The Recovering America’s Wildlife Act would provide $1.3 billion per year to states, and $97.5 million to tribal nations, from existing revenues to fund wildlife conservation, habitat management and restoration, outdoor recreation, and education programs. Of this, Texas would be eligible for more than $50 million per year to implement the Texas Conservation Action Plan and help stabilize the at-risk species in our state.
WFAA Article submitted by Donna Cole, 2002 – Light pollution in cities like Dallas can disorient birds migrating at night, which may cause them to collide into buildings as a result.
One such building participating in the initiative will be Reunion Tower, which will be dimming from midnight to 8 a.m. on Earth Day, and again that night from 7 p.m. to 11:59 p.m. For the remainder of the migratory period, the tower will be dimming its lights at 50% output from dusk to 111 p.m., go fully dark from 11 p.m. to 6 a.m., and 50% output again from 6 a.m. to sunrise.
What kinds of rocks are underfoot? How did they get there? What role did the Gulf of Mexico have in this geology? Why is there no oil production in Dallas County? Why do we have the Eastern Cross Timbers? How did Texas’s extinct volcanos influence our present construction standards?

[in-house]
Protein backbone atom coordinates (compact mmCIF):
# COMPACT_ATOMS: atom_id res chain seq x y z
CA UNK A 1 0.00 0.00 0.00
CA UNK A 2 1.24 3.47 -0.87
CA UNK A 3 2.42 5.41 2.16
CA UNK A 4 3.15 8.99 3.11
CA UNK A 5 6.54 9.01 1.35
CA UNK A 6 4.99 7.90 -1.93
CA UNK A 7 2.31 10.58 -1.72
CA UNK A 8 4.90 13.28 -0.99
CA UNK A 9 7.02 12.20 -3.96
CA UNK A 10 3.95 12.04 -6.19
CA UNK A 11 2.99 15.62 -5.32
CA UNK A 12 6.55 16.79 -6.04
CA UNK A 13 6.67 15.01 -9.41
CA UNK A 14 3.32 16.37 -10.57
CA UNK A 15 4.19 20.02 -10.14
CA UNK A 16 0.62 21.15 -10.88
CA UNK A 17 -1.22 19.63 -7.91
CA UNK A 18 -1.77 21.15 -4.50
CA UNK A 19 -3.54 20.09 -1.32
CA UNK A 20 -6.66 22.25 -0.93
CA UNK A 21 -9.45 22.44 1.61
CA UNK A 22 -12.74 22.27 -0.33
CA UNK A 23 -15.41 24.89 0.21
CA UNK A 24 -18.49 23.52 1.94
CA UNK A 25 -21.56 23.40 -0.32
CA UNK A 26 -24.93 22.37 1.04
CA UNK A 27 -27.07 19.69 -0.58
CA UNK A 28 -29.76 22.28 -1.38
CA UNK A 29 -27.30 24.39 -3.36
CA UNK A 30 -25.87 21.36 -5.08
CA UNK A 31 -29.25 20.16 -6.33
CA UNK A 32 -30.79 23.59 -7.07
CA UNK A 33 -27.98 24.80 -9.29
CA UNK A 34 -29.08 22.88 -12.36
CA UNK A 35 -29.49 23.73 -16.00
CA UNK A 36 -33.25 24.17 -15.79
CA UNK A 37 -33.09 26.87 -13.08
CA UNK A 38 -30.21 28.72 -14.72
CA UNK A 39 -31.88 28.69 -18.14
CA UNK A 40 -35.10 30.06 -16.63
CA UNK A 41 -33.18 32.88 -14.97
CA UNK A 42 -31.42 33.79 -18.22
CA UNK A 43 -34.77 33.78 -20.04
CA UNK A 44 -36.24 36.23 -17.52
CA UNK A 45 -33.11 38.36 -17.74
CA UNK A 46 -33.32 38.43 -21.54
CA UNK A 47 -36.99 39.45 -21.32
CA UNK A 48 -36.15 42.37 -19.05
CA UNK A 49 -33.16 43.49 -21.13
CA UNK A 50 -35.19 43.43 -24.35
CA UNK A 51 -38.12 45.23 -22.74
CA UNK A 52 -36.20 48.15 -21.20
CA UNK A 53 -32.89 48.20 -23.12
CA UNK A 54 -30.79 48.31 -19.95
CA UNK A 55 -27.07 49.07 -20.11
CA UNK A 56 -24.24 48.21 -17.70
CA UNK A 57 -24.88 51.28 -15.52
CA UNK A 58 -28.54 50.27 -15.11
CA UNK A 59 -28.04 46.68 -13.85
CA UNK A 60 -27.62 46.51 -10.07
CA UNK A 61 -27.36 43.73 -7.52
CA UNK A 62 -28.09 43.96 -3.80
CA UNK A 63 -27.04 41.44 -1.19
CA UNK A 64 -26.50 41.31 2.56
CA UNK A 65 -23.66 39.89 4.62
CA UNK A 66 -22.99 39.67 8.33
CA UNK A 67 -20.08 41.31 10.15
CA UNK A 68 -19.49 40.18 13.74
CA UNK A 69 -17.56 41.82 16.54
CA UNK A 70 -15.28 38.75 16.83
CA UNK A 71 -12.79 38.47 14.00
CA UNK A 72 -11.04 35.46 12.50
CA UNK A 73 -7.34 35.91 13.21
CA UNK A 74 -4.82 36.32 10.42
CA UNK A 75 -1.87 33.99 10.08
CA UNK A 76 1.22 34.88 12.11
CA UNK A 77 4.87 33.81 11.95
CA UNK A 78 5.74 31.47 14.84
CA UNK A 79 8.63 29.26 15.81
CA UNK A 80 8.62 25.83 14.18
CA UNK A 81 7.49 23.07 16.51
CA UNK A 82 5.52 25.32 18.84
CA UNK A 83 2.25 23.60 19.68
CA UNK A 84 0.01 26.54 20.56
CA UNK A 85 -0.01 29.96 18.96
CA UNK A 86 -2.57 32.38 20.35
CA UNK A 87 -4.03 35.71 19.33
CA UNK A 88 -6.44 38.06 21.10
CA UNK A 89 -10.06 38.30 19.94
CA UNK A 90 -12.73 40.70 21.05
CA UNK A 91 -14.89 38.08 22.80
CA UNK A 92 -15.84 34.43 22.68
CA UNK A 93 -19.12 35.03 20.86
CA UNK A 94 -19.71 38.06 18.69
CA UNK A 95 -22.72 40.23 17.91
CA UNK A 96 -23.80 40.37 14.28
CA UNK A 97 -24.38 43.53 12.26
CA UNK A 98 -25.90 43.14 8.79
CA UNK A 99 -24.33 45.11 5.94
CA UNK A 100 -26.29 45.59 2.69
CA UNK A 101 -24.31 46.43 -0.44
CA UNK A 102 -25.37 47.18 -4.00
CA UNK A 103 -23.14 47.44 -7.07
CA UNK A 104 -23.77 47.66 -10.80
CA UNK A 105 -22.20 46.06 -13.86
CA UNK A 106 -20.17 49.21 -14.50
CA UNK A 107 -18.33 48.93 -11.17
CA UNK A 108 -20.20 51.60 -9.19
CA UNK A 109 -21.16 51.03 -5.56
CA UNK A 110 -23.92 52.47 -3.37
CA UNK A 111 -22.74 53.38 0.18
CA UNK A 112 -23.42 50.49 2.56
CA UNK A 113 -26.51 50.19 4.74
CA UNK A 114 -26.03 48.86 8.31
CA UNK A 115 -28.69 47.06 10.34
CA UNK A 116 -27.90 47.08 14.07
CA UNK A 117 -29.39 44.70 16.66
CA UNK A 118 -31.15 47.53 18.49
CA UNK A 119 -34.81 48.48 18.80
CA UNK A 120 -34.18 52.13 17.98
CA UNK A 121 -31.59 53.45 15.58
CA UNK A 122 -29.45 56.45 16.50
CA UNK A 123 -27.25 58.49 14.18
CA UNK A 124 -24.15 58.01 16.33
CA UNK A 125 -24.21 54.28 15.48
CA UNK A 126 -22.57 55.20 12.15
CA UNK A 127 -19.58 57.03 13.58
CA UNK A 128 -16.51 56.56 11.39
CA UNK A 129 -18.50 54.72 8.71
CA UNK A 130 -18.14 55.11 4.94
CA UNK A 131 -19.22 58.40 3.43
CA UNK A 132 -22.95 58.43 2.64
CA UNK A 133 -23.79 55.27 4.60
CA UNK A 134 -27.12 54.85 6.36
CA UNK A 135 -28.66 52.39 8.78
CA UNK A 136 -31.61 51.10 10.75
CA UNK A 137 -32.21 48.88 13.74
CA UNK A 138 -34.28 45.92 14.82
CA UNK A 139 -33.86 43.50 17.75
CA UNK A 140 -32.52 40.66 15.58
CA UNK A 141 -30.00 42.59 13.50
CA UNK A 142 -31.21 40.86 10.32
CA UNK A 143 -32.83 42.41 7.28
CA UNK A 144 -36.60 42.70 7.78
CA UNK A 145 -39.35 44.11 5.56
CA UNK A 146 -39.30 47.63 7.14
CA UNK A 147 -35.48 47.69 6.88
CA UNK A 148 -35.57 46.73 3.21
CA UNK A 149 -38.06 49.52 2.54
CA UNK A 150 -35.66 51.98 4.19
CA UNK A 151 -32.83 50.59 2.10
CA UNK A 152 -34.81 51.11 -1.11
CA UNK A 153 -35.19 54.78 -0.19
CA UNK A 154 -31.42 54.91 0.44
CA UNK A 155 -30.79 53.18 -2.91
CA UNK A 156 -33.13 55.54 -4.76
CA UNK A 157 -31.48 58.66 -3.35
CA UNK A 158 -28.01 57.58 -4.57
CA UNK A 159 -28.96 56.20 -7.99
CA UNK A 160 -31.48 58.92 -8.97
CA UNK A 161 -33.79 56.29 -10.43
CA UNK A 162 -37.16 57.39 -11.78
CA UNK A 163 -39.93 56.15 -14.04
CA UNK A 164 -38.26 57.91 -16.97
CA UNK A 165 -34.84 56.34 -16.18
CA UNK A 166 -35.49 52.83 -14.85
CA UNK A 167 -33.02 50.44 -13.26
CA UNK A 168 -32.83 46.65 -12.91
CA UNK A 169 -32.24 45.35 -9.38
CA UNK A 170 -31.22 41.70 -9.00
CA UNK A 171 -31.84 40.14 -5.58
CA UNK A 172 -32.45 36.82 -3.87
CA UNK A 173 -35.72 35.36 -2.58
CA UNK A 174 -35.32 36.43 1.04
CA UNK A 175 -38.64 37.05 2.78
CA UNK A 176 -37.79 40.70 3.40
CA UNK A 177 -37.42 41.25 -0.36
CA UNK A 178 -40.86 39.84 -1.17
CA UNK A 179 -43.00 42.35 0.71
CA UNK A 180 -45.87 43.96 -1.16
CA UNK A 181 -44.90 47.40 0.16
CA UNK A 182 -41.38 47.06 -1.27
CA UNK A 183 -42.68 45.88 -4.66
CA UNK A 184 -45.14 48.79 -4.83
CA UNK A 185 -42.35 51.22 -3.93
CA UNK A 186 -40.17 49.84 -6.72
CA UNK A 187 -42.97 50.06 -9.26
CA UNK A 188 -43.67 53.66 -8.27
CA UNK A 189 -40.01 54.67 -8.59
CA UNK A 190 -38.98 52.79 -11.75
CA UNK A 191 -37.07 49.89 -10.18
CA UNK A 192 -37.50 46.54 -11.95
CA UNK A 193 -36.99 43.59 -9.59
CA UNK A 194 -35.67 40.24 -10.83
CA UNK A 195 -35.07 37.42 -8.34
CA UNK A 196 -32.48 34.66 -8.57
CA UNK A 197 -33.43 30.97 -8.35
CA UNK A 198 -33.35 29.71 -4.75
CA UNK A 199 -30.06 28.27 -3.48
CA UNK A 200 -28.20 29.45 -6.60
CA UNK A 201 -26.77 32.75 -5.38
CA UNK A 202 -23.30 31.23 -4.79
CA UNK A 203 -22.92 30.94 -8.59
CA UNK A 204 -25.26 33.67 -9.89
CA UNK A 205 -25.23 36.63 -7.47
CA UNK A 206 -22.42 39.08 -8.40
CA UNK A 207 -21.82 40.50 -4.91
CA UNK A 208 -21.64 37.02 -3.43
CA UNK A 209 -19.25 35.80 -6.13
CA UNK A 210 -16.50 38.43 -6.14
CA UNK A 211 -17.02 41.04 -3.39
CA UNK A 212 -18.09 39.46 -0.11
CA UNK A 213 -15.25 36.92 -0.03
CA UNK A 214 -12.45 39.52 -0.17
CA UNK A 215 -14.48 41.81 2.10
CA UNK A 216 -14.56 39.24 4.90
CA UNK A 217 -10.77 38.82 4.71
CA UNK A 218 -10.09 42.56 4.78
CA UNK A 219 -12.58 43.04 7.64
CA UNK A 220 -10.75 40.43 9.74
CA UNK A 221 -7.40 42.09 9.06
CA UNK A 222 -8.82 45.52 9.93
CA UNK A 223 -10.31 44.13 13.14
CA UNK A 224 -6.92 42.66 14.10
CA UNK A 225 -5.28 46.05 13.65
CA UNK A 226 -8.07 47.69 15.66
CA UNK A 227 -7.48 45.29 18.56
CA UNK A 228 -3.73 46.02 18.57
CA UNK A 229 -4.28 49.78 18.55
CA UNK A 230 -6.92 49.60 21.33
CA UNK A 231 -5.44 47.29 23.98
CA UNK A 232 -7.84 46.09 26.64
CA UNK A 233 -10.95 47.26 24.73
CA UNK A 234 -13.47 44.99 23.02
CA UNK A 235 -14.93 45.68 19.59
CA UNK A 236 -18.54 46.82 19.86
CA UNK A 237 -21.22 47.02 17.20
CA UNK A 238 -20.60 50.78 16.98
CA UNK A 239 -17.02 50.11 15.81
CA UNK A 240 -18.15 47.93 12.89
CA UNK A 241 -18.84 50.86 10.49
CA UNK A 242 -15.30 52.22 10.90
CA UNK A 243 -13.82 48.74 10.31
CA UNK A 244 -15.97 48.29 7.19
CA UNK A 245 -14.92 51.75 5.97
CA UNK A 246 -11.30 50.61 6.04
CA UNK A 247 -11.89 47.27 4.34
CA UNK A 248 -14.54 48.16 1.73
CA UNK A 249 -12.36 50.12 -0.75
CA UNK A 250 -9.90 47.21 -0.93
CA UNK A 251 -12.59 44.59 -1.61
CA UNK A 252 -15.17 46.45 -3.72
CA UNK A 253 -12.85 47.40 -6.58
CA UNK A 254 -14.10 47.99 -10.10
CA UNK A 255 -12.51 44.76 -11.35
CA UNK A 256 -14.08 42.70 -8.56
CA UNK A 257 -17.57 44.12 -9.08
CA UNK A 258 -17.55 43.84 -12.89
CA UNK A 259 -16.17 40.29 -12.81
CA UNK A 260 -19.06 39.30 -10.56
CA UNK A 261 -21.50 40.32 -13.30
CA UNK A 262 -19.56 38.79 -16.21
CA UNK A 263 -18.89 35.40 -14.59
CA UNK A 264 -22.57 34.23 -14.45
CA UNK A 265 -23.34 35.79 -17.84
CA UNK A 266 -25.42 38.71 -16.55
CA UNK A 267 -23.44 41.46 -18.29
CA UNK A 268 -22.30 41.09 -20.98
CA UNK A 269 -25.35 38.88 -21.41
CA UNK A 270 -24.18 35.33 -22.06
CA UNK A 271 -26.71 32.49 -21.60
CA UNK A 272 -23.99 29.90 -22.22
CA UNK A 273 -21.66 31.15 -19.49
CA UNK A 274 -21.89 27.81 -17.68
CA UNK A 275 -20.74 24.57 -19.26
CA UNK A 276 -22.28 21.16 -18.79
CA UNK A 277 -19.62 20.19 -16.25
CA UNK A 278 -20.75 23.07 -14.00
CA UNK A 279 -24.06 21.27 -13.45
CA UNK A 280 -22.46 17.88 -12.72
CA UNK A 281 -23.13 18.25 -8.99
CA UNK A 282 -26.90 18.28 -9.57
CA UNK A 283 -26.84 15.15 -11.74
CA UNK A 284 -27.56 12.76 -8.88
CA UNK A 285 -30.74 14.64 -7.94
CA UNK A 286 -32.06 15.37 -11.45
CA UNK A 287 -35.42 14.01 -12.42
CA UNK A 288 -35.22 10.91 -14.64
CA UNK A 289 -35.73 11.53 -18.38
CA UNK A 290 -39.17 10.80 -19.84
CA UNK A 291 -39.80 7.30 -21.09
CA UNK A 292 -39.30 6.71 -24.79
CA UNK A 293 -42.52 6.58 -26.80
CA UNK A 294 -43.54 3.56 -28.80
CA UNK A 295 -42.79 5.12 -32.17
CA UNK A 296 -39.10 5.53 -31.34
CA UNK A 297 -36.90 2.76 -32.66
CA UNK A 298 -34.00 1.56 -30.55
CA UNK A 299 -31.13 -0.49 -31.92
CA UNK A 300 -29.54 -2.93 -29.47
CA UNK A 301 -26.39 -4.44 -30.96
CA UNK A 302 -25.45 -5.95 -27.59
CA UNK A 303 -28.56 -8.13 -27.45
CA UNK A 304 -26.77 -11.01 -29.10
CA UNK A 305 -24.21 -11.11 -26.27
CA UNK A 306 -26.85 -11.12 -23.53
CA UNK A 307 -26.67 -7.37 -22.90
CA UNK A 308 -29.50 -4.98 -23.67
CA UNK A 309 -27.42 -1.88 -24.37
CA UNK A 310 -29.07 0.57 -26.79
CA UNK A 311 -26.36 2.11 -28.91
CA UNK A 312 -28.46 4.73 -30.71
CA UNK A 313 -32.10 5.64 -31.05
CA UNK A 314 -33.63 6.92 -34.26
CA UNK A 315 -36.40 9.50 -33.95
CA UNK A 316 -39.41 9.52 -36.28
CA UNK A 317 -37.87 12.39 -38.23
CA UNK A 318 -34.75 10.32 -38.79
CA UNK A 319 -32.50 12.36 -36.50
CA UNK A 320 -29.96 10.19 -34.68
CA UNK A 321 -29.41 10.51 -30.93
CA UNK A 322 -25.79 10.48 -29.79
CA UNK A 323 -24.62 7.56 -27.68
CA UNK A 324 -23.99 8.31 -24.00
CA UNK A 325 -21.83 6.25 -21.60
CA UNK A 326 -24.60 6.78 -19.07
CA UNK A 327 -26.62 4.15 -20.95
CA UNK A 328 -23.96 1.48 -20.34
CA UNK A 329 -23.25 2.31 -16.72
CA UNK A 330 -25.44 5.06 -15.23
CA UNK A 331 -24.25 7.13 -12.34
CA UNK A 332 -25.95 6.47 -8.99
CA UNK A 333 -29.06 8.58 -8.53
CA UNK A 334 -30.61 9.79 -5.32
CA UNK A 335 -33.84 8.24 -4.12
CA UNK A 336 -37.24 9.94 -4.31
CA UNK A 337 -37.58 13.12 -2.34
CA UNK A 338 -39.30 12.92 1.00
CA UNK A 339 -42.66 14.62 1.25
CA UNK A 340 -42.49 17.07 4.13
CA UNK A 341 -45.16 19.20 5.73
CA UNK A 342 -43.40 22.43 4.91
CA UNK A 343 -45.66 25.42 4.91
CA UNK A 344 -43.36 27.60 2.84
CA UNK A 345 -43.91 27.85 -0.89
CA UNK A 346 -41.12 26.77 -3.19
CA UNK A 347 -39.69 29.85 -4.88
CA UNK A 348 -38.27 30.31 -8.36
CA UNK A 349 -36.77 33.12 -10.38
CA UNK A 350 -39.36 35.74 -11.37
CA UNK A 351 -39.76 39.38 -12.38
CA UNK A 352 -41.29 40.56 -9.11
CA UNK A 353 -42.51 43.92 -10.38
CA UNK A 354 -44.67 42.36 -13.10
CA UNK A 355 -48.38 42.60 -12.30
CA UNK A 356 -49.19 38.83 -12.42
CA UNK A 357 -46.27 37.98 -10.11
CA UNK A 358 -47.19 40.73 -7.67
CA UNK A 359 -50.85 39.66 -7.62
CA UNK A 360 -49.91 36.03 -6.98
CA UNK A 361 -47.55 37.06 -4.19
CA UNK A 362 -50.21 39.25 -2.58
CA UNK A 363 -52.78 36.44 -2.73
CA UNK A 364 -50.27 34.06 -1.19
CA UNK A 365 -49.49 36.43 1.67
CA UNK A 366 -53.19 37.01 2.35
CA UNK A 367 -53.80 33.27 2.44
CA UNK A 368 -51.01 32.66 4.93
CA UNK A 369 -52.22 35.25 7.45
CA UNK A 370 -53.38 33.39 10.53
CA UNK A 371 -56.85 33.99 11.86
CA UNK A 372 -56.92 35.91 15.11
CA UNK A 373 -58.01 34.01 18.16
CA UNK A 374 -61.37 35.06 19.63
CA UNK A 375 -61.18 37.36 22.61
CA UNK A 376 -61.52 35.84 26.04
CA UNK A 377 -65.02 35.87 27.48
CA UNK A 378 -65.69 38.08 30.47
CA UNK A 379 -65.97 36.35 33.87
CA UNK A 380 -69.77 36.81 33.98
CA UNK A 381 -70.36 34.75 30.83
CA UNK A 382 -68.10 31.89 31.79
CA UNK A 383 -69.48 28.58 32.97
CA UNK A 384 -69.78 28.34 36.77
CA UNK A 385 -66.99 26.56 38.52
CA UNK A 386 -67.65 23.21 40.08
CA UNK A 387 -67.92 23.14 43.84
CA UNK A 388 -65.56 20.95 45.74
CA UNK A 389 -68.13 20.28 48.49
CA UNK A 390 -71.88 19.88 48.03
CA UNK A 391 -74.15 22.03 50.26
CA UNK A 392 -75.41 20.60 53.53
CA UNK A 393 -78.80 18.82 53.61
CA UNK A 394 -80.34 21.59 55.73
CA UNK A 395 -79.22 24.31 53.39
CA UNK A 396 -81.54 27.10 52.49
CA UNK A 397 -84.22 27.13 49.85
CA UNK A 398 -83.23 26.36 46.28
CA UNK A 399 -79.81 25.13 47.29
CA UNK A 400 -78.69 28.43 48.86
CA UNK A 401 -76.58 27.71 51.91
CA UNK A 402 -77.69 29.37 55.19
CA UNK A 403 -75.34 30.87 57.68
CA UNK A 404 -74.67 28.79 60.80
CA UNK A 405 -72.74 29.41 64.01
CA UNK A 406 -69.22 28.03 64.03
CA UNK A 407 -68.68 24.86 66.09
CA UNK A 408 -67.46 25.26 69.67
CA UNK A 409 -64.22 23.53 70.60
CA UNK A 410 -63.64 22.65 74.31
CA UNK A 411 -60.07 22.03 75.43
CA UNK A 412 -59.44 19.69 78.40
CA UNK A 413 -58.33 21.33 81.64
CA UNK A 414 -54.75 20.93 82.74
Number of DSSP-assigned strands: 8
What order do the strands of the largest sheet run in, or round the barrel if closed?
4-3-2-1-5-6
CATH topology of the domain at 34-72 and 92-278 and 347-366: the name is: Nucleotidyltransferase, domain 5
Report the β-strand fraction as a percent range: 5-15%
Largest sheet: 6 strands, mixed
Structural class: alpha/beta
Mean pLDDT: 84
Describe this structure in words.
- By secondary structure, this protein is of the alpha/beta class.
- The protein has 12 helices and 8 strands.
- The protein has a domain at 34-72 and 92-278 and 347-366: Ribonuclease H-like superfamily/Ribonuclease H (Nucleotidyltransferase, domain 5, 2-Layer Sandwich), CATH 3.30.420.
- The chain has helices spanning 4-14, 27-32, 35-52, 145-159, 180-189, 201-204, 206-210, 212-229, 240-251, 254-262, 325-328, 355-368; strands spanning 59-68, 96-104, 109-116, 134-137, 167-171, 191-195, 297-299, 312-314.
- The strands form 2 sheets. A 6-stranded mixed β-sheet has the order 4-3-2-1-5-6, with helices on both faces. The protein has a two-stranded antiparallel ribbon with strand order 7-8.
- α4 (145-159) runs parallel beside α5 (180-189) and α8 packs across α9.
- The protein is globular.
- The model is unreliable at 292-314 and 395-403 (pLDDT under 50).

As many of you know, Spring weather in Texas can be unpredictable. Our Deep Dive originally scheduled for this past Monday, March 24, had to end shortly after it began due to tornadoes and thunderstorms. We have rescheduled our time with Chris Ulch, so please join us, via Zoom, on Thursday March 31 at 7pm as Chris will share the process of becoming a Certified Interpretative Guide. Chris was certified in 2021 and is a trainee in our 2022 Master Naturalist Class.
Please join our February Chapter Meeting Speaker, Bill Holston, on Sunday, March 27, for an introduction to the Trinity Forest. Bill will lead us on an easy and flat hike on the Ned and Genie Fritz Buckeye Trail. All total, we’ll traverse about 2.5 miles.